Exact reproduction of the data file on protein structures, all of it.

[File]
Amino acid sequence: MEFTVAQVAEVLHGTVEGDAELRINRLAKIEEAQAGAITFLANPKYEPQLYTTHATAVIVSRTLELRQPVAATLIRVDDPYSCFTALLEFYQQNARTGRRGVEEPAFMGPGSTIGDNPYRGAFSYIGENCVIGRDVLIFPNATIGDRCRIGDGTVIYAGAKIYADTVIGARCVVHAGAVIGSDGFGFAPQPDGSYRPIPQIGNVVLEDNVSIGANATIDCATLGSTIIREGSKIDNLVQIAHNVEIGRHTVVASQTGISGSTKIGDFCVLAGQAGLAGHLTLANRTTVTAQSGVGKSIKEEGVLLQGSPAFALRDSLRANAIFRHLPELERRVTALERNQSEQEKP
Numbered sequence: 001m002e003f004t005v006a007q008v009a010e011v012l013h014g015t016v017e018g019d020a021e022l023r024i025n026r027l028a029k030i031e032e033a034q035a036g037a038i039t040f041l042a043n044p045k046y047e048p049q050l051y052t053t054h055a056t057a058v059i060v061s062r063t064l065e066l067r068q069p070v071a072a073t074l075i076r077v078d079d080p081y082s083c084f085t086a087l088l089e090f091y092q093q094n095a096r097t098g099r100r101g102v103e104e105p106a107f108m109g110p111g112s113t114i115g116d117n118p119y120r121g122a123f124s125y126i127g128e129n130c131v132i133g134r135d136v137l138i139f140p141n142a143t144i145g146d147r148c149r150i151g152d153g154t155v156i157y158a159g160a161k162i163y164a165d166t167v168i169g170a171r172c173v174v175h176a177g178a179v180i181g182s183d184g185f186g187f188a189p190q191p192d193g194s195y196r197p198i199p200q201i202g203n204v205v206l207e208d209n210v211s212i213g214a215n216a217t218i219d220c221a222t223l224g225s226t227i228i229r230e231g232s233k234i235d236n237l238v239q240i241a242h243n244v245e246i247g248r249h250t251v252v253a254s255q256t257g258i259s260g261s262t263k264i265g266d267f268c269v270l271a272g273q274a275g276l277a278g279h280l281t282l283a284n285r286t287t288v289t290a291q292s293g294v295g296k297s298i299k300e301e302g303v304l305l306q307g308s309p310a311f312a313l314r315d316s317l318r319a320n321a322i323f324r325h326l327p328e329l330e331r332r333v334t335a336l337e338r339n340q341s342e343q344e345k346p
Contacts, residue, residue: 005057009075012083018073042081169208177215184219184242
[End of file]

Amino acid sequence: MEFTVAQVAEVLHGTVEGDAELRINRLAKIEEAQAGAITFLANPKYEPQLYTTHATAVIVSRTLELRQPVAATLIRVDDPYSCFTALLEFYQQNARTGRRGVEEPAFMGPGSTIGDNPYRGAFSYIGENCVIGRDVLIFPNATIGDRCRIGDGTVIYAGAKIYADTVIGARCVVHAGAVIGSDGFGFAPQPDGSYRPIPQIGNVVLEDNVSIGANATIDCATLGSTIIREGSKIDNLVQIAHNVEIGRHTVVASQTGISGSTKIGDFCVLAGQAGLAGHLTLANRTTVTAQSGVGKSIKEEGVLLQGSPAFALRDSLRANAIFRHLPELERRVTALERNQSEQEKP
Numbered sequence: 001m002e003f004t005v006a007q008v009a010e011v012l013h014g015t016v017e018g019d020a021e022l023r024i025n026r027l028a029k030i031e032e033a034q035a036g037a038i039t040f041l042a043n044p045k046y047e048p049q050l051y052t053t054h055a056t057a058v059i060v061s062r063t064l065e066l067r068q069p070v071a072a073t074l075i076r077v078d079d080p081y082s083c084f085t086a087l088l089e090f091y092q093q094n095a096r097t098g099r100r101g102v103e104e105p106a107f108m109g110p111g112s113t114i115g116d117n118p119y120r121g122a123f124s125y126i127g128e129n130c131v132i133g134r135d136v137l138i139f140p141n142a143t144i145g146d147r148c149r150i151g152d153g154t155v156i157y158a159g160a161k162i163y164a165d166t167v168i169g170a171r172c173v174v175h176a177g178a179v180i181g182s183d184g185f186g187f188a189p190q191p192d193g194s195y196r197p198i199p200q201i202g203n204v205v206l207e208d209n210v211s212i213g214a215n216a217t218i219d220c221a222t223l224g225s226t227i228i229r230e231g232s233k234i235d236n237l238v239q240i241a242h243n244v245e246i247g248r249h250t251v252v253a254s255q256t257g258i259s260g261s262t263k264i265g266d267f268c269v270l271a272g273q274a275g276l277a278g279h280l281t282l283a284n285r286t287t288v289t290a291q292s293g294v295g296k297s298i299k300e301e302g303v304l305l306q307g308s309p310a311f312a313l314r315d316s317l318r319a320n321a322i323f324r325h326l327p328e329l330e331r332r333v334t335a336l337e338r339n340q341s342e343q344e345k346p
Contacts, residue, residue: 005057009075012083018073042081169208177215184219184242